For the longest time I had wanted to play D&D.
I dabbled into the hobby a bit when I was at university briefly once upon a time (maybe more on that at some point) and found that, given the right group of players, it could be a lot of fun.
But, university life left me, as did friendship groups who were interested in that sort of thing. That is until a year or so ago. A good friend of mine posted about wanting to try D&D out but not knowing how to start. I chimed in saying I'd be willing to try running a game and just like that I became a Dungeon Master (DM). The game was run online, is still going strong and brightens my night twice monthly (thank you Ally, you rock).
I got the bug for running games pretty quickly. While I still enjoy playing the game as a simple player there's something different about being the person creating the world. It's so satisfying seeing my friends get enjoyment out of an adventure or story I've been preparing for them for weeks and sometimes months.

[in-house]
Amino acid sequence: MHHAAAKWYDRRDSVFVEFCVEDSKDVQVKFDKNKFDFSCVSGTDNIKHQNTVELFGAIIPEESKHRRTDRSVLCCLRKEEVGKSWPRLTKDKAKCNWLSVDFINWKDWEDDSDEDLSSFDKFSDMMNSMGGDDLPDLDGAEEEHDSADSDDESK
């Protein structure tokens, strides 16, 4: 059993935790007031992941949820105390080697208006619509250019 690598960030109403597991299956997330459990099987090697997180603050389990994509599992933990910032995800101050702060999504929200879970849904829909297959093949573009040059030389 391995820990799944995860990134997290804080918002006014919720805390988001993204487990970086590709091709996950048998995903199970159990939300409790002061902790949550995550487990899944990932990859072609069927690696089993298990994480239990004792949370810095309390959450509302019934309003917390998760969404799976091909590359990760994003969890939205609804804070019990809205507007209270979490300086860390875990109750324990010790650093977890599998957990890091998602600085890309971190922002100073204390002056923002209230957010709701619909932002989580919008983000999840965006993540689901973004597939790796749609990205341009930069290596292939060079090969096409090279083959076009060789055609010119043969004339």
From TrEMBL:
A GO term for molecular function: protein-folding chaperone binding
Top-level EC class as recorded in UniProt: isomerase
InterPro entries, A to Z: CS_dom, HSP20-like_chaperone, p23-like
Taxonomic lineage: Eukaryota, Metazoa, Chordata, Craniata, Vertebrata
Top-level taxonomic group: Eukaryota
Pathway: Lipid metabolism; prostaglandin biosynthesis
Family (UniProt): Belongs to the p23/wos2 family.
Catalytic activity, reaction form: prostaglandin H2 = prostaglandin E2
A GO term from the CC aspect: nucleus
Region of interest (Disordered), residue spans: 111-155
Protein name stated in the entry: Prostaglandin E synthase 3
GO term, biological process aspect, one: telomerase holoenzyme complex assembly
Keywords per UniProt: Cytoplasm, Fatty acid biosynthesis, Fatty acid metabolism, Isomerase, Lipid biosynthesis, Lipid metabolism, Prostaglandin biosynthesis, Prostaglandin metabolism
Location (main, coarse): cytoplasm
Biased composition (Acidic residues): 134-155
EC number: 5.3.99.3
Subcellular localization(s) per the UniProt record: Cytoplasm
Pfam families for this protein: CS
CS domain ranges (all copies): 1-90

After a while I started a second game, this time sat around a table with friends at Leeds Hackspace. This is when I started to get the urge to do a little more with visualising our combat encounters. Our basic setup was the same as many D&D groups, a basic battlemap that you can draw on using whiteboard markers and a series of tokens.
There is nothing wrong with this setup of course, it works perfectly well and we've been playing with it for the best part of the last year. But, being the nerd that I am and having a growing interest in 3d printing I decided to upgrade our offering using 3d printing.
There is a community of people on the internet from around the world making 3d printable terrain for gaming. Some for free and some at cost. Over a few posts here I'm planning on documenting the build of some of my future terrain sets. I will detail the files I use, where you can get them, what tools I use and my process. Hopefully it will help a few people to see just how easy it can be to make useful terrain.